Written by: Gene Luen Yang
Art by: Marcus To
Colors by: Erick Arciniega
Letters by: VC’s Travis Lanham
Cover art by: Dike Ruan, Metthe Wilson
Cover price: $3.99
Release date: August 24, 2022
Shang-Chi and the Ten Rings #2 follows Shang-Chi as he receives a visit from an old flame to help her rescue her kidnapped ex-husband. When old loyalties and passions bubble to the surface, Shang-Chi may wind up becoming his own worst enemy.
Is It Good?
I’m not sure if Shang-Chi and the Ten Rings #2 is any good or not. There are plenty of superspy shenanigans, martial arts, death traps, and demons. In many ways, this issue is a throwback to the James Bond & Bruce Lee, over-the-top action films of the ’70s, so this issue should fit right in the sweet spot for a lot of readers. The one thing missing that would elevate this issue from good to great is a protagonist with just a little more good judgment.
Shang-Chi, as presented here, is a good man, a strong man, a thoughtful man, and a brave man, but Shang-Chi, as presented here, is not a smart man. Strangely, this issue makes you think less of him when Yang’s writing should do the opposite.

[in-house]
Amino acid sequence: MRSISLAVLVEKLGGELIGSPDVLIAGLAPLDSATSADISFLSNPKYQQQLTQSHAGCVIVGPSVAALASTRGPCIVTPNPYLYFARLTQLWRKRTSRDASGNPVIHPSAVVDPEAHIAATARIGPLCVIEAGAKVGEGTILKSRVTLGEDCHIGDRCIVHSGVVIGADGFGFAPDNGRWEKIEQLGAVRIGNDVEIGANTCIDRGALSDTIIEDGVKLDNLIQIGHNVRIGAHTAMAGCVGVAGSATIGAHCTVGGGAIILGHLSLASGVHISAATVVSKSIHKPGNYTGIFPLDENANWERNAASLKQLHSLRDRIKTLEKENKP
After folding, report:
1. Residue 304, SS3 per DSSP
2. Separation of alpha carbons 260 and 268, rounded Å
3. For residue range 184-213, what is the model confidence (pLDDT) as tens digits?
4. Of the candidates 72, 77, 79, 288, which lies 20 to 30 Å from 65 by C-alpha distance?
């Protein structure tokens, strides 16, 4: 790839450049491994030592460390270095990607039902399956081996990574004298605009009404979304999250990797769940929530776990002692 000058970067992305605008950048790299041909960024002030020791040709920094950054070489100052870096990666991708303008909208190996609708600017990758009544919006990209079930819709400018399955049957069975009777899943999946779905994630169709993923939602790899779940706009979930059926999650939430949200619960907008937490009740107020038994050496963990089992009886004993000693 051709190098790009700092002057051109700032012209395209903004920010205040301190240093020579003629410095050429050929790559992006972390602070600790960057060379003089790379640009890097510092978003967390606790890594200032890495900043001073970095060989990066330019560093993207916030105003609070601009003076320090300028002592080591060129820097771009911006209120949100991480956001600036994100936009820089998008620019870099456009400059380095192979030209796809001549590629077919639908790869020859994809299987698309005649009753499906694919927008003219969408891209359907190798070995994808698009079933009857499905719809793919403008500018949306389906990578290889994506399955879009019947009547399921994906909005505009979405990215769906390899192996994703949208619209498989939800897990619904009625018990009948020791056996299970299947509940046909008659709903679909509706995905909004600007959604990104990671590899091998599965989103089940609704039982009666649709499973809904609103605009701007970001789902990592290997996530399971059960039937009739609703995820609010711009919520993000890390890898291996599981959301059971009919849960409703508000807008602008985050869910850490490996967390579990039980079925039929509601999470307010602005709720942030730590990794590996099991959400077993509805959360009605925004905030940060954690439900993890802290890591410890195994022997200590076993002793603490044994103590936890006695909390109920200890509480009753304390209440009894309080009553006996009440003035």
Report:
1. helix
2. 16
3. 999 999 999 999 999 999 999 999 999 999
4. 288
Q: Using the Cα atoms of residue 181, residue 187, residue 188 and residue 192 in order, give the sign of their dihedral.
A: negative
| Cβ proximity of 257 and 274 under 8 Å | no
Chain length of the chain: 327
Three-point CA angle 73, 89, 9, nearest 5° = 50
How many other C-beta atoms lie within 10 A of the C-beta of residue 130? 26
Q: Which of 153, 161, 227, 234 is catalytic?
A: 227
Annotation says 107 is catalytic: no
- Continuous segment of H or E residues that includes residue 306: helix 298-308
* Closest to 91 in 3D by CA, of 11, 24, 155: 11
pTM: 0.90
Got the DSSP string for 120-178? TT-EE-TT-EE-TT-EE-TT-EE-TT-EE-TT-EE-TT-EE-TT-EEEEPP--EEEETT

The plot centers around a visit from an old MI-6 colleague and old flame, Leiko Wu, who asks for help rescuing her kidnapped ex-husband and former MI-6 partner. Shang simply follows Leiko alone without asking any deep questions, scouting the kidnapper’s location, or bringing any backup. When a spy calls for help, and that spy doesn’t want their organization involved, a million red flags should instantly go up in Shamg-Chi’s mind, but off he goes.
The kidnapper’s hideout is laced with booby traps, gauntlets, and challenges that would make all James Bond arch-villains combined envious. But of course, the kidnapping is not what it seems, and Shang-Chi pays a heavy price for his lack of caution and judgment.
To’s art is solid in this issue. The character designs look good in close-up panels, but the lack of detail in establishing shots is disappointing. The action is fast-paced, and the panel layout/composition is excellent.
About The Reviewer: Gabriel Hernandez is the Publisher & EIC of ComicalOpinions.com, a comics review site dedicated to indie, small, and mid-sized publishers.
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Shang-Chi and the Ten Rings #2 does a fine job furthering the idea that every organization is out to get the Ten Rings for themselves, but Shang-Chi’s lack of good judgment and common sense in this issue almost confirms maybe he isn’t the right person to have them. At least the art is fairly good.